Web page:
The

Capacitors are typically installed in the electrical power system – from commercial and industrial to distribution and transmission systems – as power factor correction devices. However, even though it is a basic component of a harmonic filter (aside from the reactor), it is not free from the damaging effects of harmonics. In a power system characterized by high harmonic distortion levels, capacitor banks are vulnerable to failures.

**Effects of Harmonics on Capacitors**include additional heating - and in severe cases overloading, increased dielectric or voltage stress, and unwanted losses. Also, the combination of harmonics and capacitors in a system could lead to a more severe power quality condition called harmonic resonance, which has the potential for extensive damage. Consequently, these negative effects will shorten capacitor life.Capacitors are typically installed in the electrical power system – from commercial and industrial to distribution and transmission systems – as power factor correction devices. However, even though it is a basic component of a harmonic filter (aside from the reactor), it is not free from the damaging effects of harmonics. In a power system characterized by high harmonic distortion levels, capacitor banks are vulnerable to failures.

**IEEE Limits**

IEEE 18-2002
states that a capacitor
is designed to operate at a maximum of 135% of its reactive power (kVAR)
ratings. In addition, it must withstand a continuous RMS overvoltage of 110%,
peak overvoltage of 120%, and an overcurrent of 180% of nameplate rating. Although
the standard did not specify the limits for individual harmonics, the above percentages
can be used as basis to determine the maximum allowable harmonic levels.

**Harmonic Effects**

The
reactance of a capacitor bank is inversely proportional to the frequency, as
can be noted in the formula,

Xc = 1/(2πfC)

where:

Xc =
Capacitive reactance

C =
Capacitance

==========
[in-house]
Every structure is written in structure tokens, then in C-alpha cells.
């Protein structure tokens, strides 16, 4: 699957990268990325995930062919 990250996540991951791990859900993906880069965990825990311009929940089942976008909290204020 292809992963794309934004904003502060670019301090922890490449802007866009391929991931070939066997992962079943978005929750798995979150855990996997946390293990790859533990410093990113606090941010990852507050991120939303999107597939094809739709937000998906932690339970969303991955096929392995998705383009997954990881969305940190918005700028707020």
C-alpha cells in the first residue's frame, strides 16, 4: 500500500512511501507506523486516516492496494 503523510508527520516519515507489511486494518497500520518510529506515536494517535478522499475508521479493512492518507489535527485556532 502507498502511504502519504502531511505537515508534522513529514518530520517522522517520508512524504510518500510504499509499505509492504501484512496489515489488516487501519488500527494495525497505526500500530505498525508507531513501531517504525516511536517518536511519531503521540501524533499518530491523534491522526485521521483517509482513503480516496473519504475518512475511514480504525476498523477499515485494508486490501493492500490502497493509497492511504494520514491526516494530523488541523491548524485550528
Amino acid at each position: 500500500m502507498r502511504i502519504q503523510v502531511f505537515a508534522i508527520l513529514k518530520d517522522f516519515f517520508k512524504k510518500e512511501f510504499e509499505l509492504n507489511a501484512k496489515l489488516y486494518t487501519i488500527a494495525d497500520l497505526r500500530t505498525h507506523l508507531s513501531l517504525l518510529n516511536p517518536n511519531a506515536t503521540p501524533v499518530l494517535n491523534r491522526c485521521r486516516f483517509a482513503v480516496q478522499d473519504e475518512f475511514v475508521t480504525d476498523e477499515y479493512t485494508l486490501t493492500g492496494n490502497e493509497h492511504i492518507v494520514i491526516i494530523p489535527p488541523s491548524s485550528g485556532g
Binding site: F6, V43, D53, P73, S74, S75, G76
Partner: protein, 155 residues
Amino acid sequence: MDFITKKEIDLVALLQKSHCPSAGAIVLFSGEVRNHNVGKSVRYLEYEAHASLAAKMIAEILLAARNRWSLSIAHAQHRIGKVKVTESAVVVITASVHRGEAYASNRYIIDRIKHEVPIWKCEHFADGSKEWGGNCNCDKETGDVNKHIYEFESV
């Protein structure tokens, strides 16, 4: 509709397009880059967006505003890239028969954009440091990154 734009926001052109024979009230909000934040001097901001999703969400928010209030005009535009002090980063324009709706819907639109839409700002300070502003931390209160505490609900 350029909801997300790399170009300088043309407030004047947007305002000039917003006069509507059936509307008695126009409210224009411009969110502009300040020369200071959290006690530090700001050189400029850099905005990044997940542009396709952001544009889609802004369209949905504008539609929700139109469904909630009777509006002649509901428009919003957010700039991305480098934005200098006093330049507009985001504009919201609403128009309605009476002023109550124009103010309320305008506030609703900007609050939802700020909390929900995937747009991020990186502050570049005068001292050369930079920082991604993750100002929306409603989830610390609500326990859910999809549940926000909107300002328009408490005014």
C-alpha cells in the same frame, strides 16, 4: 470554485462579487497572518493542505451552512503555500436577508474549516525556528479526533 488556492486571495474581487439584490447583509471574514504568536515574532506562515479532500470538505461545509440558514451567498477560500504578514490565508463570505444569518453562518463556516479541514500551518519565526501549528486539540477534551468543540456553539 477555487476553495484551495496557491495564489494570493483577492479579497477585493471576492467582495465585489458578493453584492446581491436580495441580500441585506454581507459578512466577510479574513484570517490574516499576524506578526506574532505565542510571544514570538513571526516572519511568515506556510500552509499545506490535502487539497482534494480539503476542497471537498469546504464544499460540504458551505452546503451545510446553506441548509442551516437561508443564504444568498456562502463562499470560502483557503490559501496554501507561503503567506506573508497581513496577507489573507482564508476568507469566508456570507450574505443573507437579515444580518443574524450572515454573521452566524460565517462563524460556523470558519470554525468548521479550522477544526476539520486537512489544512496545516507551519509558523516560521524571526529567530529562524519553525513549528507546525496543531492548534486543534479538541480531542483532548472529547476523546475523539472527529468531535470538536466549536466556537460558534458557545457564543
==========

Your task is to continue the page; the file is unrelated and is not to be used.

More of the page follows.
f =
Frequency

As a
result, the capacitor bank acts like a sink, attracting unfiltered harmonic
currents. This effect increases the thermal and dielectric stresses to the
capacitor units (i.e. overload).

To
illustrate, consider a harmonic-rich electrical system with 5

^{th}harmonic voltage of around 20% the fundamental. A 4160 V, 300 kVAR capacitor bank has a reactance of 57.7 Ω at the fundamental frequency (e.g. 60 Hz) and shall draw a capacitive current of 41.6 A according to Ohm's Law. On the other hand, the capacitor reactance is only 11.54 Ω at the 5^{th}harmonic (5 x 60 = 300 Hz). Subsequently, this same capacitor bank energized with 5^{th}order harmonic voltage will also draw 41.6 A.
Fundamental
Current:

I

_{1}= 4.16 kV/(√3)(57.7 Ω)
I

_{1}= 41.62 A
5

^{th}Harmonic Current:
I

_{5}= (20%)(4.16 kV)/( √3)(11.54 Ω)
I

_{5}= 41.62 A
Total RMS
current:

Irms = √(I

_{1}^{2}+ I_{H}^{2}) = √(41.62^{2}+ 41.62^{2})
Irms = 58.86
A or 141.4% of Fundamental Current (I

_{1}) – could blow capacitor fusesIncrease in Capacitor Current Due to Harmonics |

In such
cases, nuisance blowing is expected since most capacitor fuses are sized based
on the 135% kVAR limit. Otherwise, capacitor unit shall suffer overloading and
heating. This shows why nuisance capacitor fuse blowing and/or breaker tripping
indicate very high harmonic distortion levels in the area.

Moreover, frequent
switching of nonlinear magnetic components such as reactors and transformers
can generate harmonic currents that will increase capacitor loading.

**Harmonic Resonance**

A serious concern
arising from the use of capacitors in an electrical power system is the
possibility of system resonance. This effect imposes voltages and currents that
are higher than would be the case without resonance.

Harmonic resonance in a power system
may be classified as parallel or series resonance, and both types are present
in a harmonic-rich environment. Parallel resonance causes current
multiplication, whereas series resonance produces voltage magnification. Substantial
damage to capacitor banks would result if the amplitude of the offending
frequency is large enough during resonant conditions. Also, there is a high probability
that other electrical devices on the system would also be damaged.

For such reason, harmonic analysis
must be performed before installation of a power factor improvement capacitor
bank to ensure that resonance frequencies do not correspond with prominent
harmonics contained in the currents and voltages.

**References:**

IEEE 519-1992. Recommended Practice
and Requirements for Harmonic Control in Electrical Power Systems

Sankaran, C. (1999). Effects of
Harmonics on Power Systems 1

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